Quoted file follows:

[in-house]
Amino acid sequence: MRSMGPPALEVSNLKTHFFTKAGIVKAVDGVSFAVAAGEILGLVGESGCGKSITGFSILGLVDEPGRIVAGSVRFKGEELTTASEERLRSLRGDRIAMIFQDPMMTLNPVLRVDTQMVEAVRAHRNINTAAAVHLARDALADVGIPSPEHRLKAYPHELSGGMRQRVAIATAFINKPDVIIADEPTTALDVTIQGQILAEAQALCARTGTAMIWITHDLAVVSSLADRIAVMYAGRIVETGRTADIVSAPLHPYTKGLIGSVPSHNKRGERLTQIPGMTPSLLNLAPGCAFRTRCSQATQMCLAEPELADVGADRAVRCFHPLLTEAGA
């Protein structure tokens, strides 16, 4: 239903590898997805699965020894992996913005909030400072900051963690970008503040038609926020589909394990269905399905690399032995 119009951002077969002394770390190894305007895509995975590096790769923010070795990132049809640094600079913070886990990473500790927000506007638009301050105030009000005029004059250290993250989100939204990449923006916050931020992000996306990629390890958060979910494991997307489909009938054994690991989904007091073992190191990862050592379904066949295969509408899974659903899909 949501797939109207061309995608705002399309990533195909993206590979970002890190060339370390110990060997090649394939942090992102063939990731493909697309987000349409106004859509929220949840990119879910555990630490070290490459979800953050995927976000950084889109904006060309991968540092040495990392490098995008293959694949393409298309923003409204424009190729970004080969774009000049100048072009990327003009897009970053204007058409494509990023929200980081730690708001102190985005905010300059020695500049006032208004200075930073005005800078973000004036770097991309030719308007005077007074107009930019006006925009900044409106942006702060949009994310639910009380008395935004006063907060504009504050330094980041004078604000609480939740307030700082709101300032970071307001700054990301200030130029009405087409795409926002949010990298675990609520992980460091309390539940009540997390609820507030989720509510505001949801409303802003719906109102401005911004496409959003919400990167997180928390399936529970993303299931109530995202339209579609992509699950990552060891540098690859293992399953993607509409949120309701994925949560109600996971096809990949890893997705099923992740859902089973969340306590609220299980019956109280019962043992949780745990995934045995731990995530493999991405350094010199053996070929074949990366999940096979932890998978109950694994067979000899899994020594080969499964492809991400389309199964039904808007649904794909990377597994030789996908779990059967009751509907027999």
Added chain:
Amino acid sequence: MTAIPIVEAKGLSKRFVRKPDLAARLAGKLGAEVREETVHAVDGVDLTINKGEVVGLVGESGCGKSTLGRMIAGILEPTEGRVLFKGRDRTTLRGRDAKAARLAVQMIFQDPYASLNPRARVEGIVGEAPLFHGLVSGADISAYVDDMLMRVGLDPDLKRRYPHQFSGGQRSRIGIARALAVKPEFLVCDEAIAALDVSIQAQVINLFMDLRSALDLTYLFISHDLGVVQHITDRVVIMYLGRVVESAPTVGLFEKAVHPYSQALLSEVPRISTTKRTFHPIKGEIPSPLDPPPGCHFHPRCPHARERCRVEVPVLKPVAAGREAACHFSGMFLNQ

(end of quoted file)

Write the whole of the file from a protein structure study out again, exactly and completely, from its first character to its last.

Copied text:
[in-house]
Amino acid sequence: MRSMGPPALEVSNLKTHFFTKAGIVKAVDGVSFAVAAGEILGLVGESGCGKSITGFSILGLVDEPGRIVAGSVRFKGEELTTASEERLRSLRGDRIAMIFQDPMMTLNPVLRVDTQMVEAVRAHRNINTAAAVHLARDALADVGIPSPEHRLKAYPHELSGGMRQRVAIATAFINKPDVIIADEPTTALDVTIQGQILAEAQALCARTGTAMIWITHDLAVVSSLADRIAVMYAGRIVETGRTADIVSAPLHPYTKGLIGSVPSHNKRGERLTQIPGMTPSLLNLAPGCAFRTRCSQATQMCLAEPELADVGADRAVRCFHPLLTEAGA
């Protein structure tokens, strides 16, 4: 239903590898997805699965020894992996913005909030400072900051963690970008503040038609926020589909394990269905399905690399032995 119009951002077969002394770390190894305007895509995975590096790769923010070795990132049809640094600079913070886990990473500790927000506007638009301050105030009000005029004059250290993250989100939204990449923006916050931020992000996306990629390890958060979910494991997307489909009938054994690991989904007091073992190191990862050592379904066949295969509408899974659903899909 949501797939109207061309995608705002399309990533195909993206590979970002890190060339370390110990060997090649394939942090992102063939990731493909697309987000349409106004859509929220949840990119879910555990630490070290490459979800953050995927976000950084889109904006060309991968540092040495990392490098995008293959694949393409298309923003409204424009190729970004080969774009000049100048072009990327003009897009970053204007058409494509990023929200980081730690708001102190985005905010300059020695500049006032208004200075930073005005800078973000004036770097991309030719308007005077007074107009930019006006925009900044409106942006702060949009994310639910009380008395935004006063907060504009504050330094980041004078604000609480939740307030700082709101300032970071307001700054990301200030130029009405087409795409926002949010990298675990609520992980460091309390539940009540997390609820507030989720509510505001949801409303802003719906109102401005911004496409959003919400990167997180928390399936529970993303299931109530995202339209579609992509699950990552060891540098690859293992399953993607509409949120309701994925949560109600996971096809990949890893997705099923992740859902089973969340306590609220299980019956109280019962043992949780745990995934045995731990995530493999991405350094010199053996070929074949990366999940096979932890998978109950694994067979000899899994020594080969499964492809991400389309199964039904808007649904794909990377597994030789996908779990059967009751509907027999």
Added chain:
Amino acid sequence: MTAIPIVEAKGLSKRFVRKPDLAARLAGKLGAEVREETVHAVDGVDLTINKGEVVGLVGESGCGKSTLGRMIAGILEPTEGRVLFKGRDRTTLRGRDAKAARLAVQMIFQDPYASLNPRARVEGIVGEAPLFHGLVSGADISAYVDDMLMRVGLDPDLKRRYPHQFSGGQRSRIGIARALAVKPEFLVCDEAIAALDVSIQAQVINLFMDLRSALDLTYLFISHDLGVVQHITDRVVIMYLGRVVESAPTVGLFEKAVHPYSQALLSEVPRISTTKRTFHPIKGEIPSPLDPPPGCHFHPRCPHARERCRVEVPVLKPVAAGREAACHFSGMFLNQ